The White House on Friday remained tight-lipped about the wild price swings in GameStop shares and other heavily shorted companies, even as the frenzy of activity by an army of renegade traders rattled Wall Street.
Asked whether the Biden administration could play a public role in educating Americans about the ongoing market saga, White House press secretary Jen Psaki demurred, pointing to a statement from the Securities and Exchange Commission.
"I know the SEC issued a new statement earlier this morning, or just before I came out," she told reporters Friday morning. "I'd certainly point you to that. We of course respect the role of regulatory agencies. They are closely monitoring the situation, but it's under their purview at this point in time."
President Biden met with Treasury Secretary Janet Yellen this afternoon, but Psaki declined to say whether the two would discuss GameStop.
"I know it's a big story but our focus and our big story is getting the American people back to work," she said. It was disclosed Yellen received around $810,000 in speaking fees from the hedge fund that bailed out one of the primary losers in the recent Gamestop frenzy.
GameStop shares have climbed as high as $483 and fallen as low as $61 this week, a price surge so dramatic that TD Ameritrade, Robinhood and Charles Schwab placed restrictions on trading of the brick-and-mortar video game retailer. After plummeting on Thursday, GameStop shares made a dizzying recovery on Friday after Robinhood — facing a public outcry — said it would reinstate some trading.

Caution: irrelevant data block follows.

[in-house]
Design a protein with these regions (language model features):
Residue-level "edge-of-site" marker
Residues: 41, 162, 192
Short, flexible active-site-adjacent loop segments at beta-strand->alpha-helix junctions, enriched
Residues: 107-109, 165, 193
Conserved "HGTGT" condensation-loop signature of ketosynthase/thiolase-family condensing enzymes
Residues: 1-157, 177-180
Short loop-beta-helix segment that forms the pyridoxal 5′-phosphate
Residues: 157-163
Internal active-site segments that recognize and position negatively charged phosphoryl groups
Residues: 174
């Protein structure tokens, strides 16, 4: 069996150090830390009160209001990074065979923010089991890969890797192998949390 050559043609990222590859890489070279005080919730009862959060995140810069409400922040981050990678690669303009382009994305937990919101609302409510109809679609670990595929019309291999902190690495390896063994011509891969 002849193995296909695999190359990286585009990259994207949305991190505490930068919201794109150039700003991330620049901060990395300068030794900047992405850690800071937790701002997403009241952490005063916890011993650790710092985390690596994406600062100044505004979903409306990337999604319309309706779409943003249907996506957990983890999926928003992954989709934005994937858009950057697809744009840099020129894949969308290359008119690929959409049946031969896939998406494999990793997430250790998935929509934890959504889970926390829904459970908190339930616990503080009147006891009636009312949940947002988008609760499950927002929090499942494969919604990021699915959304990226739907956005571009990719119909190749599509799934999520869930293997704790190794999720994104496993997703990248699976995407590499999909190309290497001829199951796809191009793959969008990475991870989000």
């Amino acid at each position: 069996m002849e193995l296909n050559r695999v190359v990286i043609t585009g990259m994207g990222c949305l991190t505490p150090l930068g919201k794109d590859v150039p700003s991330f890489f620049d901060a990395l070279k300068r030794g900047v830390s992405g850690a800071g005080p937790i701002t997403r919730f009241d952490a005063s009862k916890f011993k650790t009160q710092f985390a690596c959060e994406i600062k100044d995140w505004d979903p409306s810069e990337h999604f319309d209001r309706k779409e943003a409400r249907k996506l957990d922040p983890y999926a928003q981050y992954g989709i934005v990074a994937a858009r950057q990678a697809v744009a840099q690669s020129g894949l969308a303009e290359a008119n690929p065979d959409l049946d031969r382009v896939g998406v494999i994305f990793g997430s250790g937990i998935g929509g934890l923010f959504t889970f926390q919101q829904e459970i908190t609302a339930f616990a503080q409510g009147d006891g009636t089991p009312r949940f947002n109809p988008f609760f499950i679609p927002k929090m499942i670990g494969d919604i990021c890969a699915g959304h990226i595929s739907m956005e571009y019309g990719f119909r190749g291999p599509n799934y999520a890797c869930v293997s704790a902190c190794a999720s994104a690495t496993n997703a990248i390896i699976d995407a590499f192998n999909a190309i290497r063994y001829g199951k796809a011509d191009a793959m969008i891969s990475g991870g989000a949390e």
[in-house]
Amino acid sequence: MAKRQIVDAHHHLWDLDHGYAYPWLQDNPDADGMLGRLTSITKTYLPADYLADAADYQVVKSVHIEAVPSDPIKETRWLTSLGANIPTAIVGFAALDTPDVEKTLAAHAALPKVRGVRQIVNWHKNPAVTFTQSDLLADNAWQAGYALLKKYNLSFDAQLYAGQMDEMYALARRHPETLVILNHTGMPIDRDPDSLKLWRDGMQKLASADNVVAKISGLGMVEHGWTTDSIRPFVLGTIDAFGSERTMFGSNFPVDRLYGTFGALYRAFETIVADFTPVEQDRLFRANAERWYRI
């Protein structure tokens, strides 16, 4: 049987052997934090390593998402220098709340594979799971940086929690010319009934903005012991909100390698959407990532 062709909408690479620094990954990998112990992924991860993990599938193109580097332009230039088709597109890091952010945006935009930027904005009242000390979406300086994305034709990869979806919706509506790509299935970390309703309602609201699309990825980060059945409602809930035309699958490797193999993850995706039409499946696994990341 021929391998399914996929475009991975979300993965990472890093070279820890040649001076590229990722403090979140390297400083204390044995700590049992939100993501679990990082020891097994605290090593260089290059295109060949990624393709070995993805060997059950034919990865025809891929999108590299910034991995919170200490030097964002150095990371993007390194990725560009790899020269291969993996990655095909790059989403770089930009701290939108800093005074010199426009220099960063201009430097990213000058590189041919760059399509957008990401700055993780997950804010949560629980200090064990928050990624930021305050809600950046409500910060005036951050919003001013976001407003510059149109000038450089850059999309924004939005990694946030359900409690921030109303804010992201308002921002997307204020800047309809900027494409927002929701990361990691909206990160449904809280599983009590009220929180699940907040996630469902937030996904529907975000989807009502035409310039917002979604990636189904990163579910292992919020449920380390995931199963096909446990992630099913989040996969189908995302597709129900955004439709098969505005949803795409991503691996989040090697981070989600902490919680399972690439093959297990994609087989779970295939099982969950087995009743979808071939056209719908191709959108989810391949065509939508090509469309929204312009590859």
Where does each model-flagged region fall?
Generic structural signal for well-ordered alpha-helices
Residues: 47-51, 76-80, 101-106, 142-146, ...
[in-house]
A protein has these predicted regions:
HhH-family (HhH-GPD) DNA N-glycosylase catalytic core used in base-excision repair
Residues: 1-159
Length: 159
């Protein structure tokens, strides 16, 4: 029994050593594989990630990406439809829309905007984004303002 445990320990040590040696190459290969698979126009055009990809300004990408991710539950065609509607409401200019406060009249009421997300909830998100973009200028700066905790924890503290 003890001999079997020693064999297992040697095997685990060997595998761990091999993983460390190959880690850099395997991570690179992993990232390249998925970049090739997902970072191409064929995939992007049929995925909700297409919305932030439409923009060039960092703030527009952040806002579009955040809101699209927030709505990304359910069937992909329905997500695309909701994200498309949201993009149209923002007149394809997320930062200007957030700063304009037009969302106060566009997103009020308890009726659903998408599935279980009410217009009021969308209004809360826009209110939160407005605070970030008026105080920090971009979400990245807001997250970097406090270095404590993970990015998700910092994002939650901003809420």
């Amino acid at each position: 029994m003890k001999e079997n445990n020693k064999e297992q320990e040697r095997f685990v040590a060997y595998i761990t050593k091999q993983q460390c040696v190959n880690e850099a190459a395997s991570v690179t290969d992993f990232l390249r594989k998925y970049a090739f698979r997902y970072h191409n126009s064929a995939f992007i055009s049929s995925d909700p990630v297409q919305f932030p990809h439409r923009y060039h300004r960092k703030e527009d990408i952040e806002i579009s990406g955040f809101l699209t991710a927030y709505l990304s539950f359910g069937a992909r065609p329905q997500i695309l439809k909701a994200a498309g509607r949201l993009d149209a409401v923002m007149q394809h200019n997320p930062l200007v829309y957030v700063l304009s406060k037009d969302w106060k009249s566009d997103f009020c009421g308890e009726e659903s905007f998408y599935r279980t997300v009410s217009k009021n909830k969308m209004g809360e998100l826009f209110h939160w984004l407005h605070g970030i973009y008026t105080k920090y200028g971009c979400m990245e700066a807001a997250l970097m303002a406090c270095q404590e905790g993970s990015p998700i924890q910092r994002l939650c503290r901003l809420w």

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The craziness escalated this week after an army of at-home traders in the Reddit forum "Wallstreetbets" put their support behind the stock, betting that share prices would rise even as Wall Street short-sellers gambled the exact opposite. Short-sellers — who bet on stock's decline by selling shares they don't own — have lost billions this week.
But the moves are reverberating across the broader market, with major indexes falling on Friday. Analysts say the losses for the big investors who shorted stocks are forcing them to sell other stocks in order to raise cash.
The stock-market rollercoaster, viewed by many as a war waged by the 99% against wealthy Wall Street titans, has also raised questions among some lawmakers about increased regulatory oversight and concerns about non-professional investors who were seemingly blocked from trading GameStop shares for a brief period.
"For years, the same hedge funds, private equity firms, and wealthy investors dismayed by the GameStop trades have treated the stock market like their own personal casino while everyone else pays the price," Sen. Elizabeth Warren, D-Mass., said in a statement on Wednesday.
Warren, a 2020 presidential candidate and a leading proponent of strict laws to rein in Wall Street and the private equity industry, renewed her push for the Securities and Exchange Commission to more tightly regulate the market.
“It’s long past time for the SEC and other financial regulators to wake up and do their jobs — and with a new administration and Democrats running Congress, I intend to make sure they do," she said.
In a statement Friday, the SEC said it will work to protect "retail investors" by reviewing the recent trading volatility and pledged to scrutinize actions taken by "brokerages that may “disadvantage investors or otherwise unduly inhibit their ability to trade certain securities.”
“We will act to protect retail investors when the facts demonstrate abusive or manipulative trading activity that is prohibited by the federal securities laws,” the SEC said.
It added: “The Commission is working closely with our regulatory partners, both across the government and at FINRA and other self-regulatory organizations, including the stock exchanges, to ensure that regulated entities uphold their obligations to protect investors and to identify and pursue potential wrongdoing.”